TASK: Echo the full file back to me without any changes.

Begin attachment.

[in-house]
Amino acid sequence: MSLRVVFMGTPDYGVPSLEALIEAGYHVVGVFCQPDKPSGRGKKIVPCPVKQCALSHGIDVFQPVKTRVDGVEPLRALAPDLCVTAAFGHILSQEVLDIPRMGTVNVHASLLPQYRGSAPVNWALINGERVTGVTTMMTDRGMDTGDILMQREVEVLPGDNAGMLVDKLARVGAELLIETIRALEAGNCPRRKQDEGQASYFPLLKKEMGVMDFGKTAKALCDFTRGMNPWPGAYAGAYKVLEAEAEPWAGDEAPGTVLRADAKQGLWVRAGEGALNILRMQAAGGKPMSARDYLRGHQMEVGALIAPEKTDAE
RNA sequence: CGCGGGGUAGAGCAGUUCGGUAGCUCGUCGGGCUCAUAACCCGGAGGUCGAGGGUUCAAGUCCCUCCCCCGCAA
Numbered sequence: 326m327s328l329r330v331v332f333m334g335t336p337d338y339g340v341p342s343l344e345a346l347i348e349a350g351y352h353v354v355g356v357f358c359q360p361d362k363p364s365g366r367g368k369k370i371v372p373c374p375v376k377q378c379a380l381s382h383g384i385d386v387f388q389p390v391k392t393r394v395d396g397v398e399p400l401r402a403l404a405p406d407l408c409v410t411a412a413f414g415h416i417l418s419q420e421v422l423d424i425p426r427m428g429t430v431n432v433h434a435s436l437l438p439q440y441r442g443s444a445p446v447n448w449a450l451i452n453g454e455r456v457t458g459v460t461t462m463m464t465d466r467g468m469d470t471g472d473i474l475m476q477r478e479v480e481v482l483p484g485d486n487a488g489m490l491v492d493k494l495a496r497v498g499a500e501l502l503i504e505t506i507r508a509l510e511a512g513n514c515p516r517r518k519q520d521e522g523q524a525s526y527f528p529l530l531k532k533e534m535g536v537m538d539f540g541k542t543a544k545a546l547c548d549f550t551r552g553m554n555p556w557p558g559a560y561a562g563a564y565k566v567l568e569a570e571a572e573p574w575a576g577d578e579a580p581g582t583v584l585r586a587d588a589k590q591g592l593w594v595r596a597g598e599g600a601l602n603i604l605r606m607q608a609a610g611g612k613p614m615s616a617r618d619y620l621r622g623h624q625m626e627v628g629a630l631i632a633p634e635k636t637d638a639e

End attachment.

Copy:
[in-house]
Amino acid sequence: MSLRVVFMGTPDYGVPSLEALIEAGYHVVGVFCQPDKPSGRGKKIVPCPVKQCALSHGIDVFQPVKTRVDGVEPLRALAPDLCVTAAFGHILSQEVLDIPRMGTVNVHASLLPQYRGSAPVNWALINGERVTGVTTMMTDRGMDTGDILMQREVEVLPGDNAGMLVDKLARVGAELLIETIRALEAGNCPRRKQDEGQASYFPLLKKEMGVMDFGKTAKALCDFTRGMNPWPGAYAGAYKVLEAEAEPWAGDEAPGTVLRADAKQGLWVRAGEGALNILRMQAAGGKPMSARDYLRGHQMEVGALIAPEKTDAE
RNA sequence: CGCGGGGUAGAGCAGUUCGGUAGCUCGUCGGGCUCAUAACCCGGAGGUCGAGGGUUCAAGUCCCUCCCCCGCAA
Numbered sequence: 326m327s328l329r330v331v332f333m334g335t336p337d338y339g340v341p342s343l344e345a346l347i348e349a350g351y352h353v354v355g356v357f358c359q360p361d362k363p364s365g366r367g368k369k370i371v372p373c374p375v376k377q378c379a380l381s382h383g384i385d386v387f388q389p390v391k392t393r394v395d396g397v398e399p400l401r402a403l404a405p406d407l408c409v410t411a412a413f414g415h416i417l418s419q420e421v422l423d424i425p426r427m428g429t430v431n432v433h434a435s436l437l438p439q440y441r442g443s444a445p446v447n448w449a450l451i452n453g454e455r456v457t458g459v460t461t462m463m464t465d466r467g468m469d470t471g472d473i474l475m476q477r478e479v480e481v482l483p484g485d486n487a488g489m490l491v492d493k494l495a496r497v498g499a500e501l502l503i504e505t506i507r508a509l510e511a512g513n514c515p516r517r518k519q520d521e522g523q524a525s526y527f528p529l530l531k532k533e534m535g536v537m538d539f540g541k542t543a544k545a546l547c548d549f550t551r552g553m554n555p556w557p558g559a560y561a562g563a564y565k566v567l568e569a570e571a572e573p574w575a576g577d578e579a580p581g582t583v584l585r586a587d588a589k590q591g592l593w594v595r596a597g598e599g600a601l602n603i604l605r606m607q608a609a610g611g612k613p614m615s616a617r618d619y620l621r622g623h624q625m626e627v628g629a630l631i632a633p634e635k636t637d638a639e